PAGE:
The retrieval, curation and redeposition of human heads – either the entire skull (i.e. cranium and mandible), or simply the cranium (without the mandible) – is a common feature of Near Eastern Neolithic mortuary practices1. In some cases, the facial features were modelled in plaster or mud, and bivalve or cowrie shells were set into the eye sockets to provide a life-like appearance. Some of the most well-known examples of plastered skulls/crania are from Jericho in Palestine and ‘Ain Ghazal in Jordan. Modified skulls have also been found at other sites such as Beisamoun, Kfar-HaHoresh and Tell Ramad in the Levant, as well as at Köşk Höyük in central Anatolia. While some have argued that this practice is a form of trophy collection, likely from dead enemies2, the traditional view holds that skull collecting in the Neolithic represents a form of ancestor veneration, possibly linked to emerging sedentism and the control of local resources3,4,5. More recently, however, researchers have begun to question the interpretation of ancestor worship as evidence mounts from other sites that skull collection and modification was not reserved strictly for older adults, i.e. elder members of society6,7,8,9,10.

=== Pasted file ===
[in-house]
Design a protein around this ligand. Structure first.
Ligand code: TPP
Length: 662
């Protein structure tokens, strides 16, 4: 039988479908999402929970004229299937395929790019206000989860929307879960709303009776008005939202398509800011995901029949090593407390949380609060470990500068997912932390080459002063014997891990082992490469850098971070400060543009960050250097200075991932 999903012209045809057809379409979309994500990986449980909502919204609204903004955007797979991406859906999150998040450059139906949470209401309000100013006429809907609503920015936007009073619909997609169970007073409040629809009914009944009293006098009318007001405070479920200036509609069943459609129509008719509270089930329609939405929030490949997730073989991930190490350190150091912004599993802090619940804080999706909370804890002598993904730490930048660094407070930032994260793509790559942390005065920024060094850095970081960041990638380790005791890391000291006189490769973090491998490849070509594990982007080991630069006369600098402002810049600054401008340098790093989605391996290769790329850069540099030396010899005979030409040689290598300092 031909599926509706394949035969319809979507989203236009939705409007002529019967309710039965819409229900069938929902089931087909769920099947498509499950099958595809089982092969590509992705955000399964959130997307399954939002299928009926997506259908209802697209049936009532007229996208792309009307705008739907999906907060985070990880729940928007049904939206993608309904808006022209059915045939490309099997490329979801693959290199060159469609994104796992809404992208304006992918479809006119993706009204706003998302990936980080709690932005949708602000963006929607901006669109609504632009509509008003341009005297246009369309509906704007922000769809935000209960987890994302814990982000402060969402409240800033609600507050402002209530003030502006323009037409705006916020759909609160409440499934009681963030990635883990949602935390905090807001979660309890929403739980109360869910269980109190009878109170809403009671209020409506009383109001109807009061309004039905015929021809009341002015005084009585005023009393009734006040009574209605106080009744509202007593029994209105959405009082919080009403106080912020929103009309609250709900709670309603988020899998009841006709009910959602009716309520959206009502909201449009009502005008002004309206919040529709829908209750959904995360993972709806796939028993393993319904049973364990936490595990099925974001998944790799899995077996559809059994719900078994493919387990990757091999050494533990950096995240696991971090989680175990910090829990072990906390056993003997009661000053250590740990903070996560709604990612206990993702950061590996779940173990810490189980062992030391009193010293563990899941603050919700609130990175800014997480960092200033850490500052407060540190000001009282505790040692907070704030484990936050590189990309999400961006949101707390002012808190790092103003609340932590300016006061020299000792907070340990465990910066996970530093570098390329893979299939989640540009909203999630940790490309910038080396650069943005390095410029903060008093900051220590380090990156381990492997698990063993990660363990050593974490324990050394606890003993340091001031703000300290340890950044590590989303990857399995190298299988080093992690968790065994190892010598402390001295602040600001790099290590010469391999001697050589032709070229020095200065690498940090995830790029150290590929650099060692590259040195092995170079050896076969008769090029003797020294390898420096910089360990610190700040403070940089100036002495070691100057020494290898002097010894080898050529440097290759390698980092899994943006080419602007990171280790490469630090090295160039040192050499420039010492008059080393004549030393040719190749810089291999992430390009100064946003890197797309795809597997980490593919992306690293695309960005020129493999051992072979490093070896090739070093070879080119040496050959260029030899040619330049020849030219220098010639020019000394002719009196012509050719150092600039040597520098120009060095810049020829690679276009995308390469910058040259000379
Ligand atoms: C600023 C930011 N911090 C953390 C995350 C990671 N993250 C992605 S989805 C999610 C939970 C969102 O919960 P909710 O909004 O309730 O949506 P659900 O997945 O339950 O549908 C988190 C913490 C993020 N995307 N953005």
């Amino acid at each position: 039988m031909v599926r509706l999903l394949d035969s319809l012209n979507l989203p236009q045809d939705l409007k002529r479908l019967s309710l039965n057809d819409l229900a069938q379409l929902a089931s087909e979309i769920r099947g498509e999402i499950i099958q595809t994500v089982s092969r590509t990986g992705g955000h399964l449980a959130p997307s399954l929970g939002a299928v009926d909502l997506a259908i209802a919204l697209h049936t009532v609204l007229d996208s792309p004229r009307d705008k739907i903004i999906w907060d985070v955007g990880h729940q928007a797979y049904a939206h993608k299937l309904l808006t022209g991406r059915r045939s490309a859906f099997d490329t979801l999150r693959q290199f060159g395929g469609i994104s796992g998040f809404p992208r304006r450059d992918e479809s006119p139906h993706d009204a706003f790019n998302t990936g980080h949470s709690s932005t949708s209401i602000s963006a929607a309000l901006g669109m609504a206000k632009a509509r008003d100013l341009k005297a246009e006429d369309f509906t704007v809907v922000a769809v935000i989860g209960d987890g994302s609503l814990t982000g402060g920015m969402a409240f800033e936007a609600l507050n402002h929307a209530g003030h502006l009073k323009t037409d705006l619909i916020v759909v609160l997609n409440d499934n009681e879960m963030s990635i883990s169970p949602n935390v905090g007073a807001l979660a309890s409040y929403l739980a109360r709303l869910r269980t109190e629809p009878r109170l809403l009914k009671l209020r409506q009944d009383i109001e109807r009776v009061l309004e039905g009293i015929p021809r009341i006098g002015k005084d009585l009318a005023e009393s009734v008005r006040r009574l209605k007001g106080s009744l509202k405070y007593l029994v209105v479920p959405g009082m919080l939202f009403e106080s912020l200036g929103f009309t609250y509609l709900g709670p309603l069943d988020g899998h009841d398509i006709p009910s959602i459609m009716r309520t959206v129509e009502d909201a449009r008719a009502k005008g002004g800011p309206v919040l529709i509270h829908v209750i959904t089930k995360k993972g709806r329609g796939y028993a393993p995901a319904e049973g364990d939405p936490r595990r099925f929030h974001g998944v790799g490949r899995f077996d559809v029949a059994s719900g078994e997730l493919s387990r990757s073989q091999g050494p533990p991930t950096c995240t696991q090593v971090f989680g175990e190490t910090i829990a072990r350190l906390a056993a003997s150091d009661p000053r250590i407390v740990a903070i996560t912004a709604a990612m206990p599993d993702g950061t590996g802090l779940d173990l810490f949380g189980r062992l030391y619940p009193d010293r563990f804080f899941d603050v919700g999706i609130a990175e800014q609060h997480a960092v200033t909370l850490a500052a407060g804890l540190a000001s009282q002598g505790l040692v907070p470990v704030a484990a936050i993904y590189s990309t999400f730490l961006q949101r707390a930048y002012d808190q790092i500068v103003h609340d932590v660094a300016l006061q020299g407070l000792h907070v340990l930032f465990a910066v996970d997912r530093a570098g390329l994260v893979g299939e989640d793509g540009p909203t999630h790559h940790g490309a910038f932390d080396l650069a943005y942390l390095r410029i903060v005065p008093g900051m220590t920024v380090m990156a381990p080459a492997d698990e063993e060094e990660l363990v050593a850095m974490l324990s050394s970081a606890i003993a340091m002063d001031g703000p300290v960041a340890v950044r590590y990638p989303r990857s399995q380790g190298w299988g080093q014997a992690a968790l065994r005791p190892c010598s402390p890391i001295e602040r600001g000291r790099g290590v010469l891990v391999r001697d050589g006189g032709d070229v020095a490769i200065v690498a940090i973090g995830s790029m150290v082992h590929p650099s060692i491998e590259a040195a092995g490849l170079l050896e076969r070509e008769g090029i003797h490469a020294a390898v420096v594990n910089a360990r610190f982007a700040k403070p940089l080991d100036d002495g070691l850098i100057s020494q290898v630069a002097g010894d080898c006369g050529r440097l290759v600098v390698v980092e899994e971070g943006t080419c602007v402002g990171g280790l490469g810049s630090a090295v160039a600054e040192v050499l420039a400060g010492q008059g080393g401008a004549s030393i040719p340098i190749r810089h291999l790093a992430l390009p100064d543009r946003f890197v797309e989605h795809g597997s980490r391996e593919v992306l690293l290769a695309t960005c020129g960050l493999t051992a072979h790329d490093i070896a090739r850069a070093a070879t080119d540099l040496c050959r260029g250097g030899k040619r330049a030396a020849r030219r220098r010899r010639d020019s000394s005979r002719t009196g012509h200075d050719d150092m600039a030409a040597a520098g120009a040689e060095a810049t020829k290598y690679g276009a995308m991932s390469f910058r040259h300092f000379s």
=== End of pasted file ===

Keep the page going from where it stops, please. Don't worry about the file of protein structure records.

Secondary deposits of unmodified skulls and crania are also commonly found at these and other Near Eastern sites, including Çatalhöyük. These may be found in open spaces, house floors and other non-burial contexts, or redeposited in pits individually or in caches. At Çatalhöyük, loose crania and other skeletal elements are often encountered within the grave fill of primary burials, although in some cases they represent the disturbance of earlier burials in the same location. In the above photo, however, the cut for the primary skeleton has not disturbed any earlier burials; thus, the two disarticulated crania and infracranial remains visible in the grave fill must have been intentionally placed with the primary burial. A correlate of these secondary depositions, of course, is the occurrence of headless primary burials, the skulls of which have presumably been removed for the purpose of curation and eventual redeposition. In most cases it appears that the skulls have been removed at some point after interment when the body has either partially or completely skeletonized. This interpretation is based on the lack of cut marks found on the cervical vertebrae or cranial bases.